Shamelessness Hurts the Environment

As I was walking along the street with my father last Sunday afternoon, we came across a rather well-off neighbour of ours. He was just a few blocks away from his home and yet decided to park his car and urinate on the street.

We were stunned by his action, and we would be surprised even more. He came straight to us and shook my father by the hands. I refused to do as such, which irritated our neighbour. He became defensive and started preaching me about how I am taking hygiene out of proportion.

This is not an isolated incident in Ethiopia, where public urination or open defecation are rarely known to make one a social pariah. People usually consider urination in public places nothing more than a mild nuisance. This is one of the obstacles of the path to modern Ethiopia.

Such acts, coupled with littering, are as ordinary as walking down a street. Such ecologically hazardous behaviours further degrade the already polluted environment. It is unbearable to pass some of our streets in Addis Abeba, supposedly the political capital of Africa is no different to the phenomenon.

Tourist sites, such as the Semien Mountains, are not faring better. Trash and human waste are visible almost everywhere one goes. This not only damages the environment and is harmful to humans but also hurts the wild animals that unfortunately do not discriminate what they eat as much we do.

In Addis Abeba, the daily waste generation of the city is over a quarter of kilogram a person, according to the Addis Ababa Sanitation, Beautification & Park’s Development Agency. Out of this, over 70pc of the solid waste is collected, of which about 90pc is landfilled, and the rest recycled or composted. Of the amount that is landfilled, over 17pc is disposed on streets, ditches and rivers affecting society.

Trash and debris often find themselves in street gutters, clogging flood drains. The pollutants from trash and other waste also find their way into the environment further increasing exposure to hazards.

The more such hazards are neglected, we will continue to live unhealthily. And the need to improve the environment and make the streets cleaner ought to nurture community spirit.

It has been the case that previous means of fighting such ills has been to impose financial penalties. None of this succeeded though as they either only managed to pause the act, or merely make people conscious of who is watching. Society fell back into old impulses in the absence of those giving penalties.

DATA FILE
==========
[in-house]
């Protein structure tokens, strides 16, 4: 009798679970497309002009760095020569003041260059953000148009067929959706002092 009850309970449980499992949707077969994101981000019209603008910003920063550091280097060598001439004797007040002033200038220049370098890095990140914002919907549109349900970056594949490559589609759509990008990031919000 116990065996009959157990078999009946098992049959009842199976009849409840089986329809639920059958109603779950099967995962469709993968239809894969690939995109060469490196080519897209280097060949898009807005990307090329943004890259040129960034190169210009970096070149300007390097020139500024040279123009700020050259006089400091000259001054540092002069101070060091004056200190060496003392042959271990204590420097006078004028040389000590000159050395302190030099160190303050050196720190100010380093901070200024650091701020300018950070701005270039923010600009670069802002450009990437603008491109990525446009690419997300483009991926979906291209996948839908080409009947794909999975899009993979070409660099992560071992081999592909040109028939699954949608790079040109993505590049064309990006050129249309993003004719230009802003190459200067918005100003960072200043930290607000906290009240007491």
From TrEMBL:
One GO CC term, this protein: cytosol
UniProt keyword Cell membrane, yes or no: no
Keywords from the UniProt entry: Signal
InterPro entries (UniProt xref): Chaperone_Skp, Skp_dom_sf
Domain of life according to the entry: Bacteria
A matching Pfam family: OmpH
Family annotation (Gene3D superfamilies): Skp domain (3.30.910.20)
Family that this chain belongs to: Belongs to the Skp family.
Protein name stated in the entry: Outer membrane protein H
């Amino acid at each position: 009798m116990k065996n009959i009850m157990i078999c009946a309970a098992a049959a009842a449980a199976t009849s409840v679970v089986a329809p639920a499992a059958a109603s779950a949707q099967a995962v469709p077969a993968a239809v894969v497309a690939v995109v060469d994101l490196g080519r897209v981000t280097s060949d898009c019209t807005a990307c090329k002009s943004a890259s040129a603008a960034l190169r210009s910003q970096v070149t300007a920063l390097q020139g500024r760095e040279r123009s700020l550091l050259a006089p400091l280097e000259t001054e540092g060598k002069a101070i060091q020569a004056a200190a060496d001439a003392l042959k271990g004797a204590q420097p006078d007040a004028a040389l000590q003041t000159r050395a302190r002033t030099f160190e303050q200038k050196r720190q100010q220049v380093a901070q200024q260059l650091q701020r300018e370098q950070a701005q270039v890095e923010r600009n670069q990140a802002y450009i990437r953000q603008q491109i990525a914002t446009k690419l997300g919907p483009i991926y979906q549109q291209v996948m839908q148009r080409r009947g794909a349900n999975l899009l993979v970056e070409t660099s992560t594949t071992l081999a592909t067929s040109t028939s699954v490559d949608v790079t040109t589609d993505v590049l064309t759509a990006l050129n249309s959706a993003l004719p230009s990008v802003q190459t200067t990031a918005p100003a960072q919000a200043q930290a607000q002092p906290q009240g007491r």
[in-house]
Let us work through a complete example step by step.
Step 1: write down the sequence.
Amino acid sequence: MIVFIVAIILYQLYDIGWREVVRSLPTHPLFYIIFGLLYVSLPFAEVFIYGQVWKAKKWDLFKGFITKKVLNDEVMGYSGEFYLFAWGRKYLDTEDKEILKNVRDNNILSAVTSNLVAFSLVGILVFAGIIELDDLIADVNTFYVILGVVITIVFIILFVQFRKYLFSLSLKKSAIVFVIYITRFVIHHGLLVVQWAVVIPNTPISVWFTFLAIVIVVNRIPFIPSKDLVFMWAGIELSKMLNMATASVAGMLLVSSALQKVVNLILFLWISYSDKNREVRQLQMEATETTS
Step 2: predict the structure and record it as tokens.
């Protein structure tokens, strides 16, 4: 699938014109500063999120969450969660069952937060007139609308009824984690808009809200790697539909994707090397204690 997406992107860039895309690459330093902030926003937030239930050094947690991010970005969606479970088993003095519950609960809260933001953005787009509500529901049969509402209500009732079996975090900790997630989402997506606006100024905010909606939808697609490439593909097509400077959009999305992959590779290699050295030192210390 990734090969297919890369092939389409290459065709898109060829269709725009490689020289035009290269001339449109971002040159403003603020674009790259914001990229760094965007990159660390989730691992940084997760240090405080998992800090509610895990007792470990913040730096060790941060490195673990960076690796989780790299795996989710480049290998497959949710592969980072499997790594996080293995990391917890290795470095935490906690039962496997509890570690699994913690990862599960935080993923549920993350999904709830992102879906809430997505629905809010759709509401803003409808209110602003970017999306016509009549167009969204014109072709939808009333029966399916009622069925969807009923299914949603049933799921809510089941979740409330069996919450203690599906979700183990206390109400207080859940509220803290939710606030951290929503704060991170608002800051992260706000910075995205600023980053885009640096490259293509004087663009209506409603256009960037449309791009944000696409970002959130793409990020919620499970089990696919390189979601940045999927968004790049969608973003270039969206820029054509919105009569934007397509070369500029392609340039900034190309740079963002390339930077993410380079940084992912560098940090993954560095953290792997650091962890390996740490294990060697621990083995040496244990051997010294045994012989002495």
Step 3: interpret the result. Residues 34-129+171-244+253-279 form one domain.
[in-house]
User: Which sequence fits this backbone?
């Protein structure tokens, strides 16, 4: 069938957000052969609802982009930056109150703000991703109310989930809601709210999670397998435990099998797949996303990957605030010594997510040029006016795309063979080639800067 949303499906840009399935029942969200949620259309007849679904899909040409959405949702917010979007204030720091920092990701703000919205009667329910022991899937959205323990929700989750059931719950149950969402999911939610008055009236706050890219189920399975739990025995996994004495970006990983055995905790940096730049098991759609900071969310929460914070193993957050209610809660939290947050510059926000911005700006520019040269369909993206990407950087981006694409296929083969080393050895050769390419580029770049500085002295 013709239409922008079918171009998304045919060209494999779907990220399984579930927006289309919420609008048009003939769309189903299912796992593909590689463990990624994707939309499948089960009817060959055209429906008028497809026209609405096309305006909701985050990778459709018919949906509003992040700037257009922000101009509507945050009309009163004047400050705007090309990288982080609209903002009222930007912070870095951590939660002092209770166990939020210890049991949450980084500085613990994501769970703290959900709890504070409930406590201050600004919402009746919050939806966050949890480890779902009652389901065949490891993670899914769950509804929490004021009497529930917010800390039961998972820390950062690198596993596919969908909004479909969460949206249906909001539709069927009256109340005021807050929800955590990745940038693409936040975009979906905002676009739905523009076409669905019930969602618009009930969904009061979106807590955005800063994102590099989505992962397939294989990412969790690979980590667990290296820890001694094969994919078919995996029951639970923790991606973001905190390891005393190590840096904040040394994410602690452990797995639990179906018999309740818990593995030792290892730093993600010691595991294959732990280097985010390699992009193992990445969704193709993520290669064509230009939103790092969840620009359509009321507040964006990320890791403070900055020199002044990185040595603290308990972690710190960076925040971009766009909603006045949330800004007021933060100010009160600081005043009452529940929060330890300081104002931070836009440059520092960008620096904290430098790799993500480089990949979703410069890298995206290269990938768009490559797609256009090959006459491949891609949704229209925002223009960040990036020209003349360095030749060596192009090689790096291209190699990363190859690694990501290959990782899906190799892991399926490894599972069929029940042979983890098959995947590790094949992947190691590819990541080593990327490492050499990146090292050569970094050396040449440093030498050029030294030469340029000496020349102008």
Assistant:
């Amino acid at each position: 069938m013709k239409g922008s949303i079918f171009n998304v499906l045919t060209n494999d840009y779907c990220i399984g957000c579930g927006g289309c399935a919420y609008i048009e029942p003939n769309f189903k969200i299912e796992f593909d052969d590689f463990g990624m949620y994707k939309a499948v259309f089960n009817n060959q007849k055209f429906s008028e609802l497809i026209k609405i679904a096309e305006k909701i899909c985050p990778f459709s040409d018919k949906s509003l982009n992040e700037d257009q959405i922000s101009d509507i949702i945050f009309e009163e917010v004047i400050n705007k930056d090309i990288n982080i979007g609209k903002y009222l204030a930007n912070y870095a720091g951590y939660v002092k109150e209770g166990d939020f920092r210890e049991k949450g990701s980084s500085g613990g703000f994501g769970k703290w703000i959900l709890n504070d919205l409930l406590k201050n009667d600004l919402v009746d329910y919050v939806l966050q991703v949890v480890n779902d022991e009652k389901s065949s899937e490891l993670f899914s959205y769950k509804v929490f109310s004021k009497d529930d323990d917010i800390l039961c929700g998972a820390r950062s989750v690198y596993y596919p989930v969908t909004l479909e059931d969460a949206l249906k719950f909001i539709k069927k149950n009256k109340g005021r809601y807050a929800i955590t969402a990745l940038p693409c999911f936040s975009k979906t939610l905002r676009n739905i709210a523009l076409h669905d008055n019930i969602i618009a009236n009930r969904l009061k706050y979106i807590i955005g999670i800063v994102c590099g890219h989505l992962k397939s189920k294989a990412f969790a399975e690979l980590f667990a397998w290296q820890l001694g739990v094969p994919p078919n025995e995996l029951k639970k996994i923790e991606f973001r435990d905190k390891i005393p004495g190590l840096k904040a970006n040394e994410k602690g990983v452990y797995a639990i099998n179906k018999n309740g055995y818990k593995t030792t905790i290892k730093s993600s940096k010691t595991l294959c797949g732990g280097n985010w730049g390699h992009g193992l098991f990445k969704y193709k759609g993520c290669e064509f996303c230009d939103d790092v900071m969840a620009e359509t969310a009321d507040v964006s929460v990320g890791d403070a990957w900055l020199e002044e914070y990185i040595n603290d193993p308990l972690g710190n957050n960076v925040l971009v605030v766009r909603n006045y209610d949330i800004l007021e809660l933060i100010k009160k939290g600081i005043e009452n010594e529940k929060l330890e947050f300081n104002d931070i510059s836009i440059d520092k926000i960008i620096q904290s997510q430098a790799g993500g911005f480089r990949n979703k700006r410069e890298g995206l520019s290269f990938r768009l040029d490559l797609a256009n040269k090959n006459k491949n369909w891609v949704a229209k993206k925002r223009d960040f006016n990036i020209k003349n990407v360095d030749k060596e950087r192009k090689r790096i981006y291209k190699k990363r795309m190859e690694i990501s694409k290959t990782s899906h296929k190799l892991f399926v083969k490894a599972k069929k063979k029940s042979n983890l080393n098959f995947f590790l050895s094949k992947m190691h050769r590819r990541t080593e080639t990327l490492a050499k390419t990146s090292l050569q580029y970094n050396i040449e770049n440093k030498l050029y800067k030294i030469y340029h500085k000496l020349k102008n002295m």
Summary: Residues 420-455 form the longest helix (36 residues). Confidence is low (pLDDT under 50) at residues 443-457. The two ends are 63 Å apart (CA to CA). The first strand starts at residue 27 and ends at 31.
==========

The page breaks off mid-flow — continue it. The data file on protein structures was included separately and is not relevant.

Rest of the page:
The current generation has not been much different here. Advancements in the economy have not made us mindful of such acts to the point that is acceptable. Lack of consequences today and our mindset has made us resigned to seeing our environments degraded.

Ethiopia is not short of a legal system and policies to protect the environment. It has also signed international conventions aiming to make the environment healthier. The broad environmental policy of Ethiopia is specified at the supreme law of the land, guaranteeing the fundamental right to live in a clean and healthy environment.

Our Constitution explicitly recognises the right to live in a clean and healthy environment. Execution of the laws though lies in creating an exemplary influence rather than dictation.

Naming and shaming is a potent agent of change. However, it is not a permanent means of cultivating beneficial solutions to address problems. To drastically reduce pollutants, the public’s consciousness of it needs to be increased, and the communities must understand that a clean ecosystem benefits all. Such awareness creation programs ought to also show how detrimental it could be to steal portable restrooms and dustbins.

The government ought to likewise be able to provide such public utilities as profusely as possible, especially in areas of the city that are densely populated such as Piazza. It is impractical to expect change otherwise.

If individuals learn that adopting the clean environment mindset is to their benefit, then there is no way to expect that we will not have healthier lives. The country needs to develop the ability to take charge of the problem, considering all the necessary action to get back on course with a clean environment.

It is quite clear that improvements like this can mean a major progress for a country that hosts the headquarters of the African Union and the United Nations Economic Commission for Africa (UNECA). Collaborative initiatives can bring the desired improvement, allowing everyone to enjoy a hygienic ecosystem.


By Eden Sahle
Eden Sahle is founder and CEO of Yada Technology Plc. She has studied Law and International Economic Law. She can be reached at

Published on Apr 28,2018 [ Vol 18 ,No 939]



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